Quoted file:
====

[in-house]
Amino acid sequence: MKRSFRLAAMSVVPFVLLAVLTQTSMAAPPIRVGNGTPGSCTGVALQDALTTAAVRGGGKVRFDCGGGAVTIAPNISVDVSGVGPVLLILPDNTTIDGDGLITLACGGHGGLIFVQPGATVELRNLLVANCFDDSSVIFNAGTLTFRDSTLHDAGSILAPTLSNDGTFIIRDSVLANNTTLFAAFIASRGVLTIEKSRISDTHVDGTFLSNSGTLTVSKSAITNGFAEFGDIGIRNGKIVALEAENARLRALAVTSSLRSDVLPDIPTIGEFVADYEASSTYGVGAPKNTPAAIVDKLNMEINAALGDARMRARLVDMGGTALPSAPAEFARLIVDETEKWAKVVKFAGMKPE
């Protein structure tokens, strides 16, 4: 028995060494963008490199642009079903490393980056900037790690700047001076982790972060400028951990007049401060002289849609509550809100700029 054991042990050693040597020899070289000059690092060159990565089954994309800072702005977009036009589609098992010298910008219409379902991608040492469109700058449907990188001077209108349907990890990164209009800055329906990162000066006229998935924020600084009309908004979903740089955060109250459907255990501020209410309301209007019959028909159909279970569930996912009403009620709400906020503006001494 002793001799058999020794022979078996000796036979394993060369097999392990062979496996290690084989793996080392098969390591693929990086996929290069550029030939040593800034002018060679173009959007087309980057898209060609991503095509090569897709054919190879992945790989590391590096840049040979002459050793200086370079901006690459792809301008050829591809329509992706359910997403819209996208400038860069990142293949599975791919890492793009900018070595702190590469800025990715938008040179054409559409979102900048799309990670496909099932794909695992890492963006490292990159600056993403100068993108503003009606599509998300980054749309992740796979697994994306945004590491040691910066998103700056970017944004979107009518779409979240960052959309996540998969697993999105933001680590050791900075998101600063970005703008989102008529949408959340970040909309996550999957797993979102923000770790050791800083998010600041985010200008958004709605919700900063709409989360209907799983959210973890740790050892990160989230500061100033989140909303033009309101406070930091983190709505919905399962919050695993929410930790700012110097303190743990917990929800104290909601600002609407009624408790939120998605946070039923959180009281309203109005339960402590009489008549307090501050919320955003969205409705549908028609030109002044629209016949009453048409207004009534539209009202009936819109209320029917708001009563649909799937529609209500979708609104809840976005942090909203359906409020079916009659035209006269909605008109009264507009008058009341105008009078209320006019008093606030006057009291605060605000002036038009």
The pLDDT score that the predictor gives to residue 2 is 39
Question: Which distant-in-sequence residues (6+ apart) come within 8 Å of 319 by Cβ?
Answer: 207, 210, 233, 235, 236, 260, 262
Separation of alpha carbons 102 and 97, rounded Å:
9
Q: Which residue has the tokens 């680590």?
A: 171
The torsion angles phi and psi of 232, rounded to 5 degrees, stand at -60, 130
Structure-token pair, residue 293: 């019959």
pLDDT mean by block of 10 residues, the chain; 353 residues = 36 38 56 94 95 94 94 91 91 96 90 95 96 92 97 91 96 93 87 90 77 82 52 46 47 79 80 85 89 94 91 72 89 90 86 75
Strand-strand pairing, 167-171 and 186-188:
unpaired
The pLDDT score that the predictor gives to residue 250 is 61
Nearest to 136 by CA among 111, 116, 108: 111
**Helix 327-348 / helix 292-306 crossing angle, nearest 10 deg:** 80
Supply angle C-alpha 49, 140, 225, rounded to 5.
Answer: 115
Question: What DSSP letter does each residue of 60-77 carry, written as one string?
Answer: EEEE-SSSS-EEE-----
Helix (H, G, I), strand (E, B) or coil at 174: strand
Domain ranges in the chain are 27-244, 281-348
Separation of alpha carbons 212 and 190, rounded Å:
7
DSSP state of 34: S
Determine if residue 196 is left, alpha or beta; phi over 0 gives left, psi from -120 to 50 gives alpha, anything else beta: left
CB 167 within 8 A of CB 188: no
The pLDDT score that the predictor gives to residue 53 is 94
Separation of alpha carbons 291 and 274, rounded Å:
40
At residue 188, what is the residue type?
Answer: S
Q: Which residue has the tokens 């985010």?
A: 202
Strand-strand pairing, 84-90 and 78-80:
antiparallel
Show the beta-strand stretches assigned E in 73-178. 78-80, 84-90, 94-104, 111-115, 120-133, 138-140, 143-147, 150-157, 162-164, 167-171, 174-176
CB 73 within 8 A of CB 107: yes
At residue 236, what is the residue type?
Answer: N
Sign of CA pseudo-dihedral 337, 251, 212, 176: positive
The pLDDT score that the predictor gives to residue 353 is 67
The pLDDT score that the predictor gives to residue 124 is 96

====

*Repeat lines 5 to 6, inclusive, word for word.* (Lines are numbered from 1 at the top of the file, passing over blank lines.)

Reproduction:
Question: Which distant-in-sequence residues (6+ apart) come within 8 Å of 319 by Cβ?
Answer: 207, 210, 233, 235, 236, 260, 262